|S E A R C H D V D B e a v e r|
La Poison aka Poison [Blu-ray]
(Sacha Guitry, 1951)
Review by Gary Tooze
Video: Eureka - Masters of Cinema - Spine #23 / Criterion Collection - Spine # 891
Region: 'B'-locked / Region 'A' (as verified by the Momitsu region FREE Blu-ray player)
Runtime: 1:25:21.041 / 1:25:46.975
Disc Size: 32,708,281,451 bytes / 48,466,608,840 bytes
Feature Size: 24,633,501,696 bytes / 25,245,941,760 bytes
Video Bitrate: 34.99 Mbps / 35.12 Mps
Chapters: 8 / 10
Case: Standard Blu-ray case /
Release date: February 25th, 2013 / August 22nd, 2017
Aspect ratio: 1.37:1
Resolution: 1080p / 23.976 fps
Video codec: MPEG-4 AVC Video
LPCM Audio French 1536 kbps 2.0 / 48 kHz / 1536 kbps / 16-bit
LPCM Audio French 1152 kbps 1.0 / 48 kHz / 1152 kbps / 24-bit
• On Life On-Screen: Miseries and Splendour of a Monarch, a
61-minute documentary about Guitry and the making of the
film (1:00:59 - 2010)
New interview with filmmaker Olivier Assayas on director
Sacha Guitry’s influence on French cinema (16:13)
Cineaste De Notre Temps (1:06:53)
Description: One of the great late period films by Sacha Guitry — the total auteur who delighted (and scandalised) the French public and inspired the French New Wave as a model for authorship as director-writer-star of screen and stage alike. In every one of his pictures (and almost every one served as a rueful examination of the war between the sexes), Guitry sculpted by way of a rapier wit — one might say by way of “the Guitry touch” — some of the most sophisticated black comedies ever conceived… and La Poison [Poison] is one of his blackest.
...La Poison, with three-hundred and fourteen, is a popular
Guitry work. Part knockabout blackly comic farce, part social
commentary, part Plato-esque destruction of logic, La Poison,
shot in eleven days, is a real find from the archives for Masters Of
Cinema. At eighty-five minutes, this is an easy-going introduction to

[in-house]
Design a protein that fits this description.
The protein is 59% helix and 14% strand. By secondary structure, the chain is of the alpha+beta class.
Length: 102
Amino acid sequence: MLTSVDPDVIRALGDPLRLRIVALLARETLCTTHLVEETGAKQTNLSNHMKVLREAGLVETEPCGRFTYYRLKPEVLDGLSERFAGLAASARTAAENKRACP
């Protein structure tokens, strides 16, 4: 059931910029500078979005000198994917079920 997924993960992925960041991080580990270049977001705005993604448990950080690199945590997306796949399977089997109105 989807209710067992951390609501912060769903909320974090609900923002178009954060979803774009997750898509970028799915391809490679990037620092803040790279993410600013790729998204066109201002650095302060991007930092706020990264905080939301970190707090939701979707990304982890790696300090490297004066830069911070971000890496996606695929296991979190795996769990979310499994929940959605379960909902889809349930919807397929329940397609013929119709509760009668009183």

the comic French cinema of the 1940s and 1950s but it is also a film
with real worth and voice, looking predictably sumptuous on the restored
Image : NOTE: The below Blu-ray captures were taken directly from the Blu-ray disc.
Guitry's La Poison looks very impressive on Blu-ray from The Masters of Cinema in the UK. The image quality shows a high level of detail with strongly layered contrast. I noted a bit of flared brightness but it is essentially inconsequential in-motion. The 1080P visuals have frequent depth with amazing sharpness. There are some hints of texture but the highlight is the crispness. This Blu-ray gets high marks for an excellent video presentation.
A NOTE ON THE TITLE (from the liner notes): Although the French “poison” translates directly to the English “poison”, it generally takes the masculine article – “le poison”. The title of Guitry’s film, a commonplace for a bitchy old woman, invokes the nickname given to Blandine Braconnier; the presence of the feminine article is a rural quirk indicating a female nickname, and has no relation to the actual article of the referent noun.
The Criterion looks a shade superior. It is slightly darker and I don't discount potential marginal tweaking of the black levels giving it a tighter look. The Criterion also seems to show more grain. You can see the visual superiority - even in the 800 width caps below. The Criterion image is richer and looked improved on my system.